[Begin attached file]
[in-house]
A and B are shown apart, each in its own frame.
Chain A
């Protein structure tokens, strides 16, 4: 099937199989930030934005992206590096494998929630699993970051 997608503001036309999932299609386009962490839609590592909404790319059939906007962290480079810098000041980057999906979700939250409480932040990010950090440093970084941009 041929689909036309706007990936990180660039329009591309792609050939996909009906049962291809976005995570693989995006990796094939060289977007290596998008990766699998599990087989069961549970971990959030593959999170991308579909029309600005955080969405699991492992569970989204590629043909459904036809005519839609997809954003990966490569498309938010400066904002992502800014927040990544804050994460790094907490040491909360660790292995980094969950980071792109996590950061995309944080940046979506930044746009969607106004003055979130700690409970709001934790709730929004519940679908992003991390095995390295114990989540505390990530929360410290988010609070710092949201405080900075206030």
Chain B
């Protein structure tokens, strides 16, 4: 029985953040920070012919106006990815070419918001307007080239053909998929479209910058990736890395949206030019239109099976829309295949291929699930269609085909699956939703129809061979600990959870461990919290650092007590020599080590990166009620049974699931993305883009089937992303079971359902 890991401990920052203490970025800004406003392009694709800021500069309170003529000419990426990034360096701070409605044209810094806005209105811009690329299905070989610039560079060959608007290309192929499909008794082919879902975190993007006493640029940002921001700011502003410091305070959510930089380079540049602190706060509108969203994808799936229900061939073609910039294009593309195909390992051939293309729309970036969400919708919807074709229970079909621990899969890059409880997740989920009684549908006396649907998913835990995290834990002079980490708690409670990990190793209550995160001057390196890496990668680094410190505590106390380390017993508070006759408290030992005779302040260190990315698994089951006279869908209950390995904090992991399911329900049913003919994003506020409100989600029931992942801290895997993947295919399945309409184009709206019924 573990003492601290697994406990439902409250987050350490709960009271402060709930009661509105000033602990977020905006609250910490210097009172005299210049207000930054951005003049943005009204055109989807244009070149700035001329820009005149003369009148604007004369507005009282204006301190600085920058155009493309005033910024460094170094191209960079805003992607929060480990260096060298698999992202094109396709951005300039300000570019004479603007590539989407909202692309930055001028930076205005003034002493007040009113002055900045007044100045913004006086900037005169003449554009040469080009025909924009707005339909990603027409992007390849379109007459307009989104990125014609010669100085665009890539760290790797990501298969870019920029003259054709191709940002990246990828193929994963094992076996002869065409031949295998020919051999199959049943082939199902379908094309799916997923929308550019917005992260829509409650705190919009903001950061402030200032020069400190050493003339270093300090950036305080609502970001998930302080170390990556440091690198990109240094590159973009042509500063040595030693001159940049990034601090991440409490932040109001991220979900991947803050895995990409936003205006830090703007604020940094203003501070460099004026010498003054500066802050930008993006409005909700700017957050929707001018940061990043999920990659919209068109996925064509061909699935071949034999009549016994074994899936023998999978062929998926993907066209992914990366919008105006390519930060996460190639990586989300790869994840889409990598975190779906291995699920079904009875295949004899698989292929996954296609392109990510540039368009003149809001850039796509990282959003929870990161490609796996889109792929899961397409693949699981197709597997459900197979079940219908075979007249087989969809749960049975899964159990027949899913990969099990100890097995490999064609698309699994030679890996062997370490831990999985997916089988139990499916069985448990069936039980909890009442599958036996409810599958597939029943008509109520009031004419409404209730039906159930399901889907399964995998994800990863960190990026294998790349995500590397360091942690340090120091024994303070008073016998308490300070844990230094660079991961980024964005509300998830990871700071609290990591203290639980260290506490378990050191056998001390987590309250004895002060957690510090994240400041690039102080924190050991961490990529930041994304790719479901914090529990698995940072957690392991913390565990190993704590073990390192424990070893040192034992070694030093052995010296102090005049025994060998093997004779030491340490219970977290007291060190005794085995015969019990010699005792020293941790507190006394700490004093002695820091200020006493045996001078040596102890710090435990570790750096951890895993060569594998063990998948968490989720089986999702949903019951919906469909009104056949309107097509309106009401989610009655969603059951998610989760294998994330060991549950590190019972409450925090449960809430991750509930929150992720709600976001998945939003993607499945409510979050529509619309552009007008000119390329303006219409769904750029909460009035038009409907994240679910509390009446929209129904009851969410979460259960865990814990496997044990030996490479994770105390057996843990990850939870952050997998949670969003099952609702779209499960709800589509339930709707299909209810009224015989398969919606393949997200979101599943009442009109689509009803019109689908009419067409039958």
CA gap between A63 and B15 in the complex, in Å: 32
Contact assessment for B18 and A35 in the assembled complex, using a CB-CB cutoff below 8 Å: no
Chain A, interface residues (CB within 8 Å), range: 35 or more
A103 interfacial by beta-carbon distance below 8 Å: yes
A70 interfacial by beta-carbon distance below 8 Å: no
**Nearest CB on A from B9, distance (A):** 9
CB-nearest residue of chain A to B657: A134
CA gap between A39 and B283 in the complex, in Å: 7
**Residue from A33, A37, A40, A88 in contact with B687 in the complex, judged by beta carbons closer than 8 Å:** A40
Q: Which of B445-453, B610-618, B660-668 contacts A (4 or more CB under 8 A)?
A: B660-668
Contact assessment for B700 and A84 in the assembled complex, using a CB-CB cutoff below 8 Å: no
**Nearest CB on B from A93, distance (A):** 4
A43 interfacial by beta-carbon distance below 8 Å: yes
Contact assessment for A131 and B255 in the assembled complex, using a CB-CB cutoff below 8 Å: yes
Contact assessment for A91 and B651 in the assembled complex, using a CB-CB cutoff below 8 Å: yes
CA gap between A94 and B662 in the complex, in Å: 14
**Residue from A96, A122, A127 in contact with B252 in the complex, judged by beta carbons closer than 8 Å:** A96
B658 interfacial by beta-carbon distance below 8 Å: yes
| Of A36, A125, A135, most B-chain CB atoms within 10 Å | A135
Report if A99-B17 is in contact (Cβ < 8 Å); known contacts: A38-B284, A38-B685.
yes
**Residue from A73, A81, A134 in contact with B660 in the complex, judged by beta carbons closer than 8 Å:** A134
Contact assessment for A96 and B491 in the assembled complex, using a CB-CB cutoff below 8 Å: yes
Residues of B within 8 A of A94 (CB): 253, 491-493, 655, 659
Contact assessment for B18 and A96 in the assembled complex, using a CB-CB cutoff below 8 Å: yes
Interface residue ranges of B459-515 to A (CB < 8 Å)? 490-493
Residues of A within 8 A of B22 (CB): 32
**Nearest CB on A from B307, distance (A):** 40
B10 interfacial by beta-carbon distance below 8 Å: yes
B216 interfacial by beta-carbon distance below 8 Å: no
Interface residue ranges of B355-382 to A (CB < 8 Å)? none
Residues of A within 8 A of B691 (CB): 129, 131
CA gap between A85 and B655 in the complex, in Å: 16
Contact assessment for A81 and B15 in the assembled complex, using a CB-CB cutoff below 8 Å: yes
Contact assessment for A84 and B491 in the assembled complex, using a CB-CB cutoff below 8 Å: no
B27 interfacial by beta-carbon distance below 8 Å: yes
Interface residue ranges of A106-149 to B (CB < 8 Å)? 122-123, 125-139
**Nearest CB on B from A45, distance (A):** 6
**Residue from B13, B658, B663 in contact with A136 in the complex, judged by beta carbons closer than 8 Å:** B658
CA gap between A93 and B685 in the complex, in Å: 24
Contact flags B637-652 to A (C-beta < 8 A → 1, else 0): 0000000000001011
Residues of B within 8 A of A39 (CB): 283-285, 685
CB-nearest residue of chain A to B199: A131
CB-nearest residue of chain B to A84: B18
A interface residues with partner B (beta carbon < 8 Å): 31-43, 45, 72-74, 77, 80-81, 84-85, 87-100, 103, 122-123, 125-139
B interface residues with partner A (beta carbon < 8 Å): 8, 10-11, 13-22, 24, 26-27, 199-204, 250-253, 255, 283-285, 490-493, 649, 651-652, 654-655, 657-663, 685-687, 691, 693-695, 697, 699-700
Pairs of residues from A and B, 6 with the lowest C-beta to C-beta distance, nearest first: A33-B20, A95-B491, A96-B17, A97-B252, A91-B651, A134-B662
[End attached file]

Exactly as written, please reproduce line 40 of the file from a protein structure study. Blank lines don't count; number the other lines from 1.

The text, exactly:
CA gap between A85 and B655 in the complex, in Å: 16